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Some of the best insights come from those who have learned from first-hand experience, and distilled their wisdom by living by what they discerned, and writing and speaking about it in humble actionable ways.

1. Use Connective Body Language
I spent most of my professional career recruiting foreign spies to work for the FBI. I relied upon my body language to build trust with them. Here are six universal cues of connective body behavior that can help you, too, in most any situation: maintain eye contact, mirror the other person’s movements and positioning, lean in as they speak, never cross your arms, nod slightly throughout the conversation to show you’re listening, and give a genuine smile which means the skin around your eyes crinkle. As you act, so you become. As you change your body language, so you become. To build trust, focus on being interested, rather than interesting.
~ LaRae Quy, author or Secrets Of a Strong Mind @LaRaeQuy

2. Benefit of the Doubt Benefits Relationships
When you’re irritable—not at your best—you have good reasons, right? If people knew how early you had to get up to get to the meeting, they’d cut you a little slack. In other words, you give yourself the benefit of the doubt. So why do we rarely do that for other people? Instead we think a grumpy colleague is just a grump. Must be genetic or a behavioral choice. But maybe he or she is facing a troubling situation. It may not excuse the behavior, but it helps us understand it. And that makes for a better relationship.
~ Mark Sanborn, author and speaker on leadership development @Mark_Sanborn

3. Conflict Can Create Deeper Connection
Conflict quickly becomes personal. That’s because we don’t like it when someone gets in our way, and we often translate that reaction into not liking that person. Instead of complaining about them to others or avoiding them, see it as an opportunity to create connection. Focusing on behavior and not personality, tell them what they did and how it affected you. Then hang in there and listen to what they have to say. You will find that resolving conflict is a path to deeper trust and respect and a deeper connection with each other.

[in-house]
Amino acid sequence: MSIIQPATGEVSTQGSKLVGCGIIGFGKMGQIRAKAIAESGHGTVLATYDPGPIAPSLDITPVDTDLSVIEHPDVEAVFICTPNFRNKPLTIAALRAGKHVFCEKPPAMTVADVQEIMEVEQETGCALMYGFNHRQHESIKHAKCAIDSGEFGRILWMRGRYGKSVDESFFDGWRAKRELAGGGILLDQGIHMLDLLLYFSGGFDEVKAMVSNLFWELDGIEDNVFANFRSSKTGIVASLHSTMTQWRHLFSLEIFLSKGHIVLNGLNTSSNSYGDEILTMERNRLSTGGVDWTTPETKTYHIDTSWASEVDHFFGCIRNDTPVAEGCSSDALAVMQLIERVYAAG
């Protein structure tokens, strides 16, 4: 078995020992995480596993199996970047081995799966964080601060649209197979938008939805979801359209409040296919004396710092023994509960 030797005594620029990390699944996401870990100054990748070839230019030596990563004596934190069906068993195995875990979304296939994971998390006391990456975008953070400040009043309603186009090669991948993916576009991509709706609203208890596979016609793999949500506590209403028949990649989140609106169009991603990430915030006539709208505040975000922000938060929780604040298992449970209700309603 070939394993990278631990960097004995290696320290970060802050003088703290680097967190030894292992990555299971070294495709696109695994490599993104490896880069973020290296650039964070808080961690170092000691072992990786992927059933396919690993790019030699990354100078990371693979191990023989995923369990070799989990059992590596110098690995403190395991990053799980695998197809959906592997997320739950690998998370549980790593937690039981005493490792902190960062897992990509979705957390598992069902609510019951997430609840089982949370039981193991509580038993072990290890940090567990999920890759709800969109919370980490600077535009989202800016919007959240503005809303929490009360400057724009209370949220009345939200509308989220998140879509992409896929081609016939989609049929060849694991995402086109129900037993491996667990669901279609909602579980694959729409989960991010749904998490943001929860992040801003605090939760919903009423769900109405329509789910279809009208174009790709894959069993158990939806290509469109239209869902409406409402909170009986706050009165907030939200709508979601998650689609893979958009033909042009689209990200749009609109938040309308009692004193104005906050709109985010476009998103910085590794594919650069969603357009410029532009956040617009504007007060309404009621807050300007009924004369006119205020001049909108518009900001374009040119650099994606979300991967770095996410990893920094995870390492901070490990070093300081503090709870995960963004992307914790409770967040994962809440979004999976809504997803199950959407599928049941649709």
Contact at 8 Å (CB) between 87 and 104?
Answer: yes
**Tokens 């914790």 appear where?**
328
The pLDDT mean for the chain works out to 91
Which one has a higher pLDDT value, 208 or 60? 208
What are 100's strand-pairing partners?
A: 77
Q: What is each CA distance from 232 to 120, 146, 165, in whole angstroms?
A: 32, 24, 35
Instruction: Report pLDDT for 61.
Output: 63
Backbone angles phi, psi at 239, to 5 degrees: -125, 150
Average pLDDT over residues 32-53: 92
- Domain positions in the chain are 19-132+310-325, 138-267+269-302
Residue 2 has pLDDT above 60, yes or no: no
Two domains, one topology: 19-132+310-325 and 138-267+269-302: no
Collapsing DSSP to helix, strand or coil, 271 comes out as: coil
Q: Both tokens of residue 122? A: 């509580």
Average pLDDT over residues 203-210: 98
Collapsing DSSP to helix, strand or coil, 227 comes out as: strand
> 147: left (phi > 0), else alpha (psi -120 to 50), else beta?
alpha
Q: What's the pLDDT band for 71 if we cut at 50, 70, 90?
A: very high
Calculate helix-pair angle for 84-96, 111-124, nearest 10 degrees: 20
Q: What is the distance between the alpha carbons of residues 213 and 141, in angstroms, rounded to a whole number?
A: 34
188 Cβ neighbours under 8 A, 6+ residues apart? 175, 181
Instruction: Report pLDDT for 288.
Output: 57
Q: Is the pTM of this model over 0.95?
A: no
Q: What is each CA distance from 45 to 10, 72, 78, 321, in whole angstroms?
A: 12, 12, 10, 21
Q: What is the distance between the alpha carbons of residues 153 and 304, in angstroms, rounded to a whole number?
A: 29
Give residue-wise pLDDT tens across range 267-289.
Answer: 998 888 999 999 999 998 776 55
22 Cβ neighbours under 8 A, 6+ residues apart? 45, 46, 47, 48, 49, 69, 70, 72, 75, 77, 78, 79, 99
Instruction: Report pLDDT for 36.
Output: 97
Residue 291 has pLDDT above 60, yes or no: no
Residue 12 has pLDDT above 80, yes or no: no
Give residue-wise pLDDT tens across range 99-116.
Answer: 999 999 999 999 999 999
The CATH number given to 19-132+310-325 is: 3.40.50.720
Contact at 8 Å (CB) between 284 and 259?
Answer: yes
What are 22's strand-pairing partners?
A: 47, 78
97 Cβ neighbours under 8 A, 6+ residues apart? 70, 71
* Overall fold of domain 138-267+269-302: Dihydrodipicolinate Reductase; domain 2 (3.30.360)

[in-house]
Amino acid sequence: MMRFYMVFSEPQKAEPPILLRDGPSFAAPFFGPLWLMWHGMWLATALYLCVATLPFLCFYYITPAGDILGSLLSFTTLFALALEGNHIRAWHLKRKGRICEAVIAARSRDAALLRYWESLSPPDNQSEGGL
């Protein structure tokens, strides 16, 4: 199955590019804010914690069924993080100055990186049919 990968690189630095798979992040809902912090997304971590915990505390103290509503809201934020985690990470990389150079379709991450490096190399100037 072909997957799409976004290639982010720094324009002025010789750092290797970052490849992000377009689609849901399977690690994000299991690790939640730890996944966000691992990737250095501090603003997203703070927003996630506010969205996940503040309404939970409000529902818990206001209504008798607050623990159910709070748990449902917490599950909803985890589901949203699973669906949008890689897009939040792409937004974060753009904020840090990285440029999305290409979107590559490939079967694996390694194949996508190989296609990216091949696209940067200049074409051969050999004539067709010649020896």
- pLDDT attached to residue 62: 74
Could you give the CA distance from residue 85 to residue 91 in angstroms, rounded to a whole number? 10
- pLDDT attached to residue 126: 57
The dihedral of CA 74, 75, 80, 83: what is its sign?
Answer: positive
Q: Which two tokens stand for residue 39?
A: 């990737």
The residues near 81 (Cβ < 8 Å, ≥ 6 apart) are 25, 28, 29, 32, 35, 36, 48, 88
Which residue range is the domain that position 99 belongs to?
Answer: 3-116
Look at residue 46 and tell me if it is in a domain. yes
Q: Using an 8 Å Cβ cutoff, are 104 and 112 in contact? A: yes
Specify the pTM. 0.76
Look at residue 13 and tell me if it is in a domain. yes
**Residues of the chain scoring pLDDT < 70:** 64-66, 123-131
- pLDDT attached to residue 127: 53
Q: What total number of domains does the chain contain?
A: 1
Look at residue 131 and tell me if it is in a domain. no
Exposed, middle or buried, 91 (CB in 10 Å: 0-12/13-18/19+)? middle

~ Jesse Lyn Stoner, Seapoint Center for Collaborative Leadership @JesseLynStoner

4. Practice Hopi Wisdom
Over a Thanksgiving get-away to Sedona, Arizona, my husband and I were honored to listen to Donald Nelson of the Masi Fire Clan, Third Mesa, in the village of Kykotsmovi. He spoke with simple eloquence about the Hopi way of life, rituals, and ceremony. Among his many pieces of wisdom, one struck me as essential in building any relationship. The Hopi greet each other with a phrase that sounded like “Um-pee-too”. It means “Are you here?” (Google translate does not speak Hopi.) Only this present moment matters. How often to we bring the past into a relationship? We recall the offenses, the slights, and the misunderstandings. Or we jump into the future, imaging responses. In truth, we can only connect in this present moment. “Um-Pee-To.”
~ Eileen McDargh, The Resiliency Group

5. Use Video to Energize Relationships
Email can be rather dull. Voice alone can leave out vital parts of communication. Using video through tools like EyeJot, BombBomb YouTube, Gloopt and others let your connections see you, feel your emotion, and observe your non-verbal reactions. Video is a much more natural way to communicate. In business it brings better results than just text. Learn how to create videos quickly (good for you) that help communicate comprehensively and dynamically (good for others). Done right, video can help you establish, build, and maintain important relationships.
~ Terry L. Brock, MBA, Professional Speaker Hall of Fame

moving from me to we


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